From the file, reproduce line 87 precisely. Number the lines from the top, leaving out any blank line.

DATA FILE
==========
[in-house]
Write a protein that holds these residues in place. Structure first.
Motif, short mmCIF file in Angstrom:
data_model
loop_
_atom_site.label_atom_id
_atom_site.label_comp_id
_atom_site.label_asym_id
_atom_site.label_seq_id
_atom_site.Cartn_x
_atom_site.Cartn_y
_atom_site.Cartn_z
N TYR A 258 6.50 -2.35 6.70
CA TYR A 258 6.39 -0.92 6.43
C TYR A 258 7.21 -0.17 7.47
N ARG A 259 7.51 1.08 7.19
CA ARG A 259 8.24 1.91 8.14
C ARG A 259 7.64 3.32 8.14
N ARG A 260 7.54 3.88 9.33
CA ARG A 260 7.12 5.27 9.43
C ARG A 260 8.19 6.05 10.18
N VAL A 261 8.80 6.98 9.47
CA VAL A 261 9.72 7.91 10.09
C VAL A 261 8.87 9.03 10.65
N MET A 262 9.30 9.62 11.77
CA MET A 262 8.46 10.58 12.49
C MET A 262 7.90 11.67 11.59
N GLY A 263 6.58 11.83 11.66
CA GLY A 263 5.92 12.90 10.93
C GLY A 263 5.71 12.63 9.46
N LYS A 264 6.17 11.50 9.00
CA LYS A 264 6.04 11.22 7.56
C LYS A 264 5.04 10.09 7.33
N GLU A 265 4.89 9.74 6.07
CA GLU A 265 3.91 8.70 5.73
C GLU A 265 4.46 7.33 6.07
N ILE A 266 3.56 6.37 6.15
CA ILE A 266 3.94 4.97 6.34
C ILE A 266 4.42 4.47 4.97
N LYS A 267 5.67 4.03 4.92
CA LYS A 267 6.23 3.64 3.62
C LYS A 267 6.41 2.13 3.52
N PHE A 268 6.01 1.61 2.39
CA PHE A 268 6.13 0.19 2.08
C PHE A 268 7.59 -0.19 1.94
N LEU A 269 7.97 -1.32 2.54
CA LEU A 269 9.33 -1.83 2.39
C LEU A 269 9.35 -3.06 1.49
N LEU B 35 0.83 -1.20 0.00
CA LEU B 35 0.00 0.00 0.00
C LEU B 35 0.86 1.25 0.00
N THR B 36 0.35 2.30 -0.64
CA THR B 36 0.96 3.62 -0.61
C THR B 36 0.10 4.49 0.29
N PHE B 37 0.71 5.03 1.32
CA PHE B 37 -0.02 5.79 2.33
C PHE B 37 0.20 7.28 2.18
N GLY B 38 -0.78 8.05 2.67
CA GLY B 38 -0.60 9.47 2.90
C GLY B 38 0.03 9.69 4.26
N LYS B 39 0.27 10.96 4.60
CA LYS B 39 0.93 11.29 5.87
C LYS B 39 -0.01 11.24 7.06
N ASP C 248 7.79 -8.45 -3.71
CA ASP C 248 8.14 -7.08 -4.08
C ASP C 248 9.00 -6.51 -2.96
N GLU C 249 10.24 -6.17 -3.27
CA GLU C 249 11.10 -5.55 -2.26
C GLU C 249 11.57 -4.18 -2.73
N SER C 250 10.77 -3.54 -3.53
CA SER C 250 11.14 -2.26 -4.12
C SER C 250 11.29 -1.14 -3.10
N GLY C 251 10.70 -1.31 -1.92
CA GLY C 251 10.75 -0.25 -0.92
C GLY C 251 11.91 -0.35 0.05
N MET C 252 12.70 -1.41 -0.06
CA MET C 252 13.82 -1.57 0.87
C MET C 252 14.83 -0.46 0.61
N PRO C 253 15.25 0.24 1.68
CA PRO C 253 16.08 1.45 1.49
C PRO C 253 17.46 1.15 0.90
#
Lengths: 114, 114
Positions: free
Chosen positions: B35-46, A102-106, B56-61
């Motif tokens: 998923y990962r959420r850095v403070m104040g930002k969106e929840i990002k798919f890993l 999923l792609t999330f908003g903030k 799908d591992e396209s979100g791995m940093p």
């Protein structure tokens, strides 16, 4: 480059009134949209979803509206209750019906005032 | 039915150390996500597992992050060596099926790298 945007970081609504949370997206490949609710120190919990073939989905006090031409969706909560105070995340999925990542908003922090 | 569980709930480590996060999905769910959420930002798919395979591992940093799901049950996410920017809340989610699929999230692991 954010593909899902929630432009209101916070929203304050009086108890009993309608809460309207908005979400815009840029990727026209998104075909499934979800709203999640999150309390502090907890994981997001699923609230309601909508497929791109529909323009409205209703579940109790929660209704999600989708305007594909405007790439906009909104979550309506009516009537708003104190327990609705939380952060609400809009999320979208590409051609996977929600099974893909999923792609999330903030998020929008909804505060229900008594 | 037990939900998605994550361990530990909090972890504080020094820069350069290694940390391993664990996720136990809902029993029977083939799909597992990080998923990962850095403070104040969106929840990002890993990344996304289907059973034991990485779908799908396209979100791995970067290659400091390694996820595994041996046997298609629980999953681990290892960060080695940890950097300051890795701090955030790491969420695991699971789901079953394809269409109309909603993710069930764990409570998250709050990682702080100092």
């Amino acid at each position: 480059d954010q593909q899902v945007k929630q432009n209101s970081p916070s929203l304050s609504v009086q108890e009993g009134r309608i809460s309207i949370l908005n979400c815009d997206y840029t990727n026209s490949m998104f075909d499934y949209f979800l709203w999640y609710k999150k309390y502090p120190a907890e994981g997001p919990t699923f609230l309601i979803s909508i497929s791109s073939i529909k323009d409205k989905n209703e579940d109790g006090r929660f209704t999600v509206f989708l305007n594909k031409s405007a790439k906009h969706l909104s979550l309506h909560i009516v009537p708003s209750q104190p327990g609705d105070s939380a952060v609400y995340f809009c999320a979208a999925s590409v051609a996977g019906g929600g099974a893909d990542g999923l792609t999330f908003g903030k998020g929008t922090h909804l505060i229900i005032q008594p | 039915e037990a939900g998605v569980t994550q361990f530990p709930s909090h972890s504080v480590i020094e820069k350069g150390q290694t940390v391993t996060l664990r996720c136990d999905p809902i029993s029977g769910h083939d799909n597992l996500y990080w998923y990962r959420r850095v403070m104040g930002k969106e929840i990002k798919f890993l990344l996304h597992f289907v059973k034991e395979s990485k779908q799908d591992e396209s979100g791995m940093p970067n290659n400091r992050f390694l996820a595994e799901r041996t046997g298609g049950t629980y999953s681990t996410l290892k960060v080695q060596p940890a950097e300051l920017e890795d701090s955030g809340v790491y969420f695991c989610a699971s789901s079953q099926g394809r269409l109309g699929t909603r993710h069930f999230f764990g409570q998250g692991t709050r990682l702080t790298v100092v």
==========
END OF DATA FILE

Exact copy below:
């Protein structure tokens, strides 16, 4: 480059009134949209979803509206209750019906005032 | 039915150390996500597992992050060596099926790298 945007970081609504949370997206490949609710120190919990073939989905006090031409969706909560105070995340999925990542908003922090 | 569980709930480590996060999905769910959420930002798919395979591992940093799901049950996410920017809340989610699929999230692991 954010593909899902929630432009209101916070929203304050009086108890009993309608809460309207908005979400815009840029990727026209998104075909499934979800709203999640999150309390502090907890994981997001699923609230309601909508497929791109529909323009409205209703579940109790929660209704999600989708305007594909405007790439906009909104979550309506009516009537708003104190327990609705939380952060609400809009999320979208590409051609996977929600099974893909999923792609999330903030998020929008909804505060229900008594 | 037990939900998605994550361990530990909090972890504080020094820069350069290694940390391993664990996720136990809902029993029977083939799909597992990080998923990962850095403070104040969106929840990002890993990344996304289907059973034991990485779908799908396209979100791995970067290659400091390694996820595994041996046997298609629980999953681990290892960060080695940890950097300051890795701090955030790491969420695991699971789901079953394809269409109309909603993710069930764990409570998250709050990682702080100092």